Canoodling With Cordovan

Since few things bring out my guilt-ridden materialism more than a pair of supple leather boots—blame my collapsed consciousness and my climate—I find myself wanting a clear taxonomic picture of where boots fall in the universe’s shoe hierarchy. Perhaps BECAUSE I’m primarily a non-shoe person, I wonder: if shoes are a Kingdom, are boots filed under Phylum or relegated to a Family? Are they labelled a Genus or corralled in an Order?

I have no idea why I care. I can certainly sleep at night without the answer, as long as I haven’t Googled “boot lovers + photos” before bedtime. Being a boot lover has certain connotations, some of which I’ll (PRIVATELY) cop to enjoying, but so be it. Until I land somewhere puddles are an endangered species, I’m all about heeding the Boot-y Call.

Alas, I don’t think my closet accurately reflects my love; I tally three pairs. Now for a nun that seems like a lot, sure. However, I ask rhetorically, what’s excessive for a person who wears boots October to June? Especially when the only walk-happily-for-hours pair is starting to give me That Look? The look that translates as:

Honey, we’re on Year 4 together and while we appreciate the annual reheeling and spruce up, our high-wear zones are more polish than hide. And a few aftermarket gel pads can’t obscure the fact that we don’t have any more cushion for your pushin’. If you won’t bury us at sea then at least give us a rest, dammit!”

Once boots get vicious like that it’s time to put bare toes to floor and tiptoe away. Without turning one’s back.

Which is why I was seriously peeved when a comfort-feature-laden pair I’d been stalking through thick and starlet-sized prices sold out in my preferred non-color color. [Black, okay? Just in case Jay-Z called after all.] But I could nab a brown version. A weak, mangy brown that looked suspiciously “taupe” vs “dark chocolate” in person. Though I suppose if we’re talking about that dark, ashy chocolate that’s been forgotten in the cupboard too long and thus looks unappetizing even if it tastes fine, the adjective is technically correct.

Hmmmm. I didn’t want dead mouse boots, but I didn’t NOT want dead mouse boots since the price, comfort, heel shape, height, design and fit all worked for me.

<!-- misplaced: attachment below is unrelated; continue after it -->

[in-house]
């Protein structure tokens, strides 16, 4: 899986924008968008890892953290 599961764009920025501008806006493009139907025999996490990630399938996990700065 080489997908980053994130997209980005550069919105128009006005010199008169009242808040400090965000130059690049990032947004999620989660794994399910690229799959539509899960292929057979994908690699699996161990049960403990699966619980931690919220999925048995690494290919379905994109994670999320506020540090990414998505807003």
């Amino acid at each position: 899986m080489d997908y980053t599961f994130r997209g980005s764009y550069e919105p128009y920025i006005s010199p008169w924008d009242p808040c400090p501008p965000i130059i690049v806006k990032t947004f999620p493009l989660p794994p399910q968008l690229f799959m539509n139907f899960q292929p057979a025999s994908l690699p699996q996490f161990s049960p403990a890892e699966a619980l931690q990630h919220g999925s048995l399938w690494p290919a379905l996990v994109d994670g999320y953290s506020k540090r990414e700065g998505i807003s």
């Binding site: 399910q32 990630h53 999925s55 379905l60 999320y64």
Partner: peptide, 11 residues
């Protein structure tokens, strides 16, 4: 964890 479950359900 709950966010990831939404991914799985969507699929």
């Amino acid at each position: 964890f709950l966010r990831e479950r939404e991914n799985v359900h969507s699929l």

That’s when I remembered my Danish Oil. Danish Oil is for wood, yes; I’d used it to turn the finish on a $135 table-plus-buffet set from a cracked blonde to a gleaming walnut without much more than a hint from Heloise. So why was I being such a wimp when it came to wardrobe DIY?

BECAUSE

Why couldn’t I just go over my boots with a darker shade of shoe polish? Say maybe a true chocolate brown. Or even…because it got The Gilded Lily’s vote…cordovan, that passionate purplish hue?

Ready to change the status quo with Meltonian #78, Cordovan

I COULD

And while of course I am a champion procrastinator if something NEEDS to be done, I couldn’t wait to break out the polish:

Getting the late-night cordovan party started (L) as the original boot (R) awaits some love

After two coats of polish, the exterior became a nicely complex shade with much more depth than the original hue:

The exterior's two coats of cordovan polish see daylight, while the original color lurks on the interior

Coincidentally, it also fit in perfectly with The Accidental Capsule’s color scheme. So I took out two of the items for a road test:

"Ooooh, a boot that's neither brown nor black? You shouldn't have!"

I'm suddenly feeling the urge to chew some Gonzo Grape Bubblicious

BOOT TRANSFORMATION = EPIC TRIUMPH

But could cordovan help a pair of shoes I’d bought in a fit of wanting footwear that was sky-high AND comfortable, then made me gag whenever I saw the color? Well, just one coat moved this BabyShitBrown Børn away from its original shade (glimpsed through the peeptoe area)

Cordovan Caper #2: Cordovan takes on a BabyShitBrown shoe (whose peeptoe zone show the original shade)

toward something that looked less atrocious with my year-round, underbelly-of-a-dead-fish leg color:

T (rightfully) thinks he's found a lost sibling

So if you’ve got some leather footwear in your closet that sports a shade that bores or horrifies you, why not get busy with a rag and polish? Stick with a classic, custom-mix your colors—or hey, see what happens when you decide to REALLY kick up your heels.

Go big or go home with Meltonian #185

For the spring/summer chapter of this story, check out my sandal transformations in “Is that platinum shoe cream in your pocket or are you just happy to see me”

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5 Responses

  1. Ahhhh…. The elusive and slightly sexy Danish Oil….look at you slathering it on everything like an oil Ho!

    But lookie cookie. It works!

    So, Dear Vix, tell me where to find it. Eh?

  2. Dayum…that was me Linda (lime in the coconut) somehow my work blog answered.

    oy.

  3. Hey, I thought it was my *other* invisipal with a table refinishing project on her mind! Keep the oil on the wood, er, furniture and use the shoe polish on footwear, ma’am.

    “Danish Oil” sounds fancy but it’s made by Watco (by way of Rustoleum). Should be at your local hardware store or a big box behemoth in any number of tempting shades.

  4. Great plan – I love the subtle color change you achieved.
    I was just thinking this morning (as I sploshed through the puddles on the way to work) that some more boots might be a good idea. I only have 2 pairs and I quite fancy trying cordovan polish on the brown (ancient) pair to see what happens!

  5. You only have about $3.99 to lose if you hate the result, Ms Struggler. [The polish can be stripped, though—disclaimer—you might have a slight color change.]

    If you try it, please do share the results with the class!

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